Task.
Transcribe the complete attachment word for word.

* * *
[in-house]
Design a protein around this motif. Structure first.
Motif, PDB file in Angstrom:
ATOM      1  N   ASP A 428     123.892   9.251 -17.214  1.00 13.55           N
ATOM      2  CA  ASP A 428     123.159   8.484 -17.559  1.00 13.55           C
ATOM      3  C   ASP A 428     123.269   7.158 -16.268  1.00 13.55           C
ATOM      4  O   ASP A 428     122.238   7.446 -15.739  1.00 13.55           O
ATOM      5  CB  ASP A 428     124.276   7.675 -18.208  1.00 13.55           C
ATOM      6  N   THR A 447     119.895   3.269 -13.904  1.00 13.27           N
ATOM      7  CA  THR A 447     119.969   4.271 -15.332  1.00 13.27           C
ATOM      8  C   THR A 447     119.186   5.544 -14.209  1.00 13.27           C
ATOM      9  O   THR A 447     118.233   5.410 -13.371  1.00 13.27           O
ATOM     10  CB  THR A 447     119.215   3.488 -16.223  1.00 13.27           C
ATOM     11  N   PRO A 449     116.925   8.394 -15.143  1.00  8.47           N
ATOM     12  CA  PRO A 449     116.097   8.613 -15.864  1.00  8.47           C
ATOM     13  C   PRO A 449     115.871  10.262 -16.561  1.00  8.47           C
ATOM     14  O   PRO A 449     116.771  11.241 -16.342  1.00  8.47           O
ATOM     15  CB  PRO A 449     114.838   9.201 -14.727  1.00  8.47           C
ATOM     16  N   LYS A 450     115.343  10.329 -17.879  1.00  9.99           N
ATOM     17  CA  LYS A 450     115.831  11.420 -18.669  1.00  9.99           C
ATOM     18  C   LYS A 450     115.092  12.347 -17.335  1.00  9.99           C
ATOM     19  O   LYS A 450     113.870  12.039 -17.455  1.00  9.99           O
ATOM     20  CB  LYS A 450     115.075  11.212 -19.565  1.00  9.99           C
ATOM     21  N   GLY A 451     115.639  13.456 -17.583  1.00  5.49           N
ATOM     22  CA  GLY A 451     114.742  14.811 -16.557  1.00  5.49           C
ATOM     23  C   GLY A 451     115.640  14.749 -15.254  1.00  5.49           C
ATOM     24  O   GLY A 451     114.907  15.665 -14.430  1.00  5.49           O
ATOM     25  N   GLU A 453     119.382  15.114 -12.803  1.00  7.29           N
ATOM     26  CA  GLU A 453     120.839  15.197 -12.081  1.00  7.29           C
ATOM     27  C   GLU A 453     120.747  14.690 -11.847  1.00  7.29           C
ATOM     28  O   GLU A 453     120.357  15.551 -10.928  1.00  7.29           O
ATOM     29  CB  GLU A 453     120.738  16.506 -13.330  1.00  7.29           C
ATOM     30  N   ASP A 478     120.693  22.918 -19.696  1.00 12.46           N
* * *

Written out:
[in-house]
Design a protein around this motif. Structure first.
Motif, PDB file in Angstrom:
ATOM      1  N   ASP A 428     123.892   9.251 -17.214  1.00 13.55           N
ATOM      2  CA  ASP A 428     123.159   8.484 -17.559  1.00 13.55           C
ATOM      3  C   ASP A 428     123.269   7.158 -16.268  1.00 13.55           C
ATOM      4  O   ASP A 428     122.238   7.446 -15.739  1.00 13.55           O
ATOM      5  CB  ASP A 428     124.276   7.675 -18.208  1.00 13.55           C
ATOM      6  N   THR A 447     119.895   3.269 -13.904  1.00 13.27           N
ATOM      7  CA  THR A 447     119.969   4.271 -15.332  1.00 13.27           C
ATOM      8  C   THR A 447     119.186   5.544 -14.209  1.00 13.27           C
ATOM      9  O   THR A 447     118.233   5.410 -13.371  1.00 13.27           O
ATOM     10  CB  THR A 447     119.215   3.488 -16.223  1.00 13.27           C
ATOM     11  N   PRO A 449     116.925   8.394 -15.143  1.00  8.47           N
ATOM     12  CA  PRO A 449     116.097   8.613 -15.864  1.00  8.47           C
ATOM     13  C   PRO A 449     115.871  10.262 -16.561  1.00  8.47           C
ATOM     14  O   PRO A 449     116.771  11.241 -16.342  1.00  8.47           O
ATOM     15  CB  PRO A 449     114.838   9.201 -14.727  1.00  8.47           C
ATOM     16  N   LYS A 450     115.343  10.329 -17.879  1.00  9.99           N
ATOM     17  CA  LYS A 450     115.831  11.420 -18.669  1.00  9.99           C
ATOM     18  C   LYS A 450     115.092  12.347 -17.335  1.00  9.99           C
ATOM     19  O   LYS A 450     113.870  12.039 -17.455  1.00  9.99           O
ATOM     20  CB  LYS A 450     115.075  11.212 -19.565  1.00  9.99           C
ATOM     21  N   GLY A 451     115.639  13.456 -17.583  1.00  5.49           N
ATOM     22  CA  GLY A 451     114.742  14.811 -16.557  1.00  5.49           C
ATOM     23  C   GLY A 451     115.640  14.749 -15.254  1.00  5.49           C
ATOM     24  O   GLY A 451     114.907  15.665 -14.430  1.00  5.49           O
ATOM     25  N   GLU A 453     119.382  15.114 -12.803  1.00  7.29           N
ATOM     26  CA  GLU A 453     120.839  15.197 -12.081  1.00  7.29           C
ATOM     27  C   GLU A 453     120.747  14.690 -11.847  1.00  7.29           C
ATOM     28  O   GLU A 453     120.357  15.551 -10.928  1.00  7.29           O
ATOM     29  CB  GLU A 453     120.738  16.506 -13.330  1.00  7.29           C
ATOM     30  N   ASP A 478     120.693  22.918 -19.696  1.00 12.46           N